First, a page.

The UNESCO World Cultural Heritage List includes eight sites in Ravenna as superb examples of early Christian monuments and Late Antiquity mosaics.
The top sights to see in Ravenna in the Emilia-Romagna region of Italy are the eight early Christian monuments with Late Antiquity (or Byzantine) mosaics inscribed on the UNESCO World Cultural Heritage list in 1996. Six of these monuments are in the old town center (and seen on a single combination ticket). The Mausoleum of Theodoric is a short walk from the town center while the large Church of Sant’Apollinare in Classe is a short drive away towards the Adriatic coast. All eight sites in Ravenna can be seen in a busy day but few would regret staying longer in this pleasant town.
The Neonian (Orthodox) Baptistery in Ravenna
The Orthodox Baptistery (also known as the Neonian Baptistery) is from the fifth century and the oldest of the numerous octagonal baptisteries and religious structures in Ravenna. Its mosaics have been over-restored during the nineteenth century but are still absolutely worth seeing.
The adjacent cathedral replaced the fifth-century basilica destroyed in 1734. It is of limited artistically value and despite its size not a major sight in Ravenna.
The Archiepiscopal Chapel in Ravenna
The early sixth-century Archbishop’s Chapel (also known as the Oratory of St Andreas) is seen inside the Archiepiscopal Museum. It is the smallest of the UNESCO-listed sights in Ravenna. The chapel is in a Greek cross form with mosaics on the vaults. It is the oldest private Christian oratory in existence.
The Arian Baptistery in Ravenna
The sixth-century Arian Baptistery is an octagon with its mosaics and iconography closely resembling that of the older and larger Neonian Baptistery.
In compliance with Ostrogothic King Theodoric’s ordinances, it was erected to give Arian believers a separate baptistery from those following the orthodox doctrine.
Basilica Sant’Apollinare Nuovo in Ravenna
The sixth-century Sant’Apollinare Nuovo was the palatine (court) church of Theodoric and the mosaics here are amongst the highlights of visiting Ravenna.
Some mosaics were destroyed or altered to hide the ones too obviously Arian or praising Theodoric but there are still mosaics running the full length of the lateral walls of the nave.
Basilica San Vitale in Ravenna
The sixth-century San Vitale is also overwhelmingly beautiful. The oriental influences in the architecture and mosaics in this church are clearly visible to make it quite different from any other in the region.
The mosaics here are considered to be the largest and most important examples of Byzantine art outside Istanbul.
Mausoleum of Galla Placidia in Ravenna
The mosaics in the fifth-century Mausoleum of Galla Placidia are the oldest in town and often considered the artistic highlight of Ravenna.
It may have the loveliest night sky ever produced in antiquity. Galla Placidia probably commissioned this small chapel in AD 425 although it was never used for her remains.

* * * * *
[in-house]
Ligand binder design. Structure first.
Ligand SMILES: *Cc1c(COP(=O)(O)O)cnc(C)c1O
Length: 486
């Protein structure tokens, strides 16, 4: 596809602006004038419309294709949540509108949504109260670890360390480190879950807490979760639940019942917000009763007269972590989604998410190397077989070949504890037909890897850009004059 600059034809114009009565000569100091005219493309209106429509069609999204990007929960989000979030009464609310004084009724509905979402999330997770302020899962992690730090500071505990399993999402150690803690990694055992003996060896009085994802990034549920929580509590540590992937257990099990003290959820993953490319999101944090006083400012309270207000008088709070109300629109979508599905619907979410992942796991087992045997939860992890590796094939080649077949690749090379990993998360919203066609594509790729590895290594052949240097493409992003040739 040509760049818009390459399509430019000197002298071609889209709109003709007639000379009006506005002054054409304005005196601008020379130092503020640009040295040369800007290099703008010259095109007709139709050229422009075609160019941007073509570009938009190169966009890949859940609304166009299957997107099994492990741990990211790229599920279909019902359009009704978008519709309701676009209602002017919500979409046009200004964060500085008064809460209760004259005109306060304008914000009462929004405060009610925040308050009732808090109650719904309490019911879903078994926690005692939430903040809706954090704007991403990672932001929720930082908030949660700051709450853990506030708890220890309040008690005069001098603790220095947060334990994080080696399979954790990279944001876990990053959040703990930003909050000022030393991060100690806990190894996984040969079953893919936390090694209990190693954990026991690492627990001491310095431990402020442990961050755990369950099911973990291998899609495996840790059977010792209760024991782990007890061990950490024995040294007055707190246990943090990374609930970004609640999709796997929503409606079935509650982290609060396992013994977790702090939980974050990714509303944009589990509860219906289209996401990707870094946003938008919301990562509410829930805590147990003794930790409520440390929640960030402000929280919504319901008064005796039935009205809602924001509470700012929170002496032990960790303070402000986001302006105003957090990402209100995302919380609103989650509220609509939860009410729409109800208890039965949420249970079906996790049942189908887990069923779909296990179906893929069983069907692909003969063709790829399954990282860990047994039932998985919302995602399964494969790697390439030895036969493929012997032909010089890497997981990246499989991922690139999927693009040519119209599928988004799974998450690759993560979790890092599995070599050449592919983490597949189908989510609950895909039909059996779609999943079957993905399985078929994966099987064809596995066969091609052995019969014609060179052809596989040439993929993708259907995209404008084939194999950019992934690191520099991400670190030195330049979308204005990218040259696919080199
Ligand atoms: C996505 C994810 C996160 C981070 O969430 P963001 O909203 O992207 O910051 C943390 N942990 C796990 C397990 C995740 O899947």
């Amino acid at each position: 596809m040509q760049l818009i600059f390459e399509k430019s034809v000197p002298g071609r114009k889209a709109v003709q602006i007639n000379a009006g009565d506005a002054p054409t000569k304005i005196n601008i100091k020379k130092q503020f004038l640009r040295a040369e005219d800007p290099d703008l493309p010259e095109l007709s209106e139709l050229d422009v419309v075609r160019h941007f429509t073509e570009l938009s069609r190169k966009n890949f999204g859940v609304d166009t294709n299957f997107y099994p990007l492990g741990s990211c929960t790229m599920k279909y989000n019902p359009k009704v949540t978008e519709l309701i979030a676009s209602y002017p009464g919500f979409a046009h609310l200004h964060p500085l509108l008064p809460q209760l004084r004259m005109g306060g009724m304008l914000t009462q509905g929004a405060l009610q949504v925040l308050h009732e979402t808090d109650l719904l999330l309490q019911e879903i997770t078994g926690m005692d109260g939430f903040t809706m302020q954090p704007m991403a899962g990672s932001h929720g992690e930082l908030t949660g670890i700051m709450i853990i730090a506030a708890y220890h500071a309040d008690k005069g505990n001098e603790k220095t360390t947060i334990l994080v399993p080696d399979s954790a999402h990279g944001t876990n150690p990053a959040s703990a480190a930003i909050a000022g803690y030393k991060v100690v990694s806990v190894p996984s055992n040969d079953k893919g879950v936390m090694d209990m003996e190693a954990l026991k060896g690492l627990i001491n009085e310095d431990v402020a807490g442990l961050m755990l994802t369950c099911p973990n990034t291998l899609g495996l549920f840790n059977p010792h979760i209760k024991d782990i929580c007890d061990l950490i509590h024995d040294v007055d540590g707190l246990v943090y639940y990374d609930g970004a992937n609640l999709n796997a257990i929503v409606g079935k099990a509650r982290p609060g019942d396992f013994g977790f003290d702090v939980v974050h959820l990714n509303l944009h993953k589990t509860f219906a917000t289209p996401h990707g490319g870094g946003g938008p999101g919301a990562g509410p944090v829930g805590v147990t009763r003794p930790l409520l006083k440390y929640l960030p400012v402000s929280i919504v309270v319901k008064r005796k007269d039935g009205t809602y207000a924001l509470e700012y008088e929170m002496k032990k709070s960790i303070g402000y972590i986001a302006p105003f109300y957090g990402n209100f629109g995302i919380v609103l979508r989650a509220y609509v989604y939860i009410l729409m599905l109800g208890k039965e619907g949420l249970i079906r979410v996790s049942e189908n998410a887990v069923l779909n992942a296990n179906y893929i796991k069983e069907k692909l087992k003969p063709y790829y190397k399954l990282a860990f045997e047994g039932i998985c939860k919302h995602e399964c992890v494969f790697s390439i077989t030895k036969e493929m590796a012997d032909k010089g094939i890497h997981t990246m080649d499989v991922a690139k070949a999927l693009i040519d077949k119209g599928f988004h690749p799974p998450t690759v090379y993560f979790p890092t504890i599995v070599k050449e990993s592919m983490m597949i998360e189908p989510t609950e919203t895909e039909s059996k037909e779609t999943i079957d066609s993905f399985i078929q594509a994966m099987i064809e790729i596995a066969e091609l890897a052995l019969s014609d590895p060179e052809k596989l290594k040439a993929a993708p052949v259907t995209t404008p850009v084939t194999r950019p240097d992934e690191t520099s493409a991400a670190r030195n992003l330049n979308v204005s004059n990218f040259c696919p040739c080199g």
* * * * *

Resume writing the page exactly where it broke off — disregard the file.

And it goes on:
The Mausoleum of Theodoric in Ravenna
The Mausoleum of Theodoric – the tomb of the Ostrogoth king who died in 526 – is slightly to the northeast of the old town across the railway line. It is a unique building with no style element truly linked to the Roman or Greek periods.
The structure is on two levels but the most impressive feature is probably the single round stone that serves as a roof to the tomb – it is still totally unknown how the stone was moved from Istria or how it was placed in that position. It is the only surviving tomb of a “barbarian king” from Late Antiquity.
The Basilica of Sant’Apollinare in Classe
The Basilica of Sant’Apollinare in Classe is the largest Late Antiquity church in Ravenna. It is around 8 km outside the center of Ravenna in Classe, which used to be the second-largest naval base of the Roman Empire.
This brick church maintained its original appearance, as when it was consecrated in AD 549. It has a beautifully decorated interior with mosaics and frescoes. A small mosaic here may well be the first depiction of Satan in Western art.
- See Visiting UNESCO Listed Churches and Mosaics in Ravenna for opening hours and ticket information.
More Articles on Ravenna, Italy
Time-slot reservations are currently essential to see the top sights in Ravenna. This is easiest done when buying the tickets online.
- Top Sights to See in Ravenna
- UNESCO-Listed Sites in Ravenna
- Visiting UNESCO-Listed Sites in Ravenna – Opening Hours and Tickets
- The Neonian Baptistery & Archbishop’s Chapel
- The Arian Baptistery
- Basilica of Sant’Apollinare Nuovo
- Basilica of San Vitale
- Mausoleum of Galla Placidia
- Mausoleum of Theodoric
Book Guided tours of Ravenna — tours are generally three hours. For tours not including admission fees, around €10 per person must be added. Small groups and families may find better value on private tours.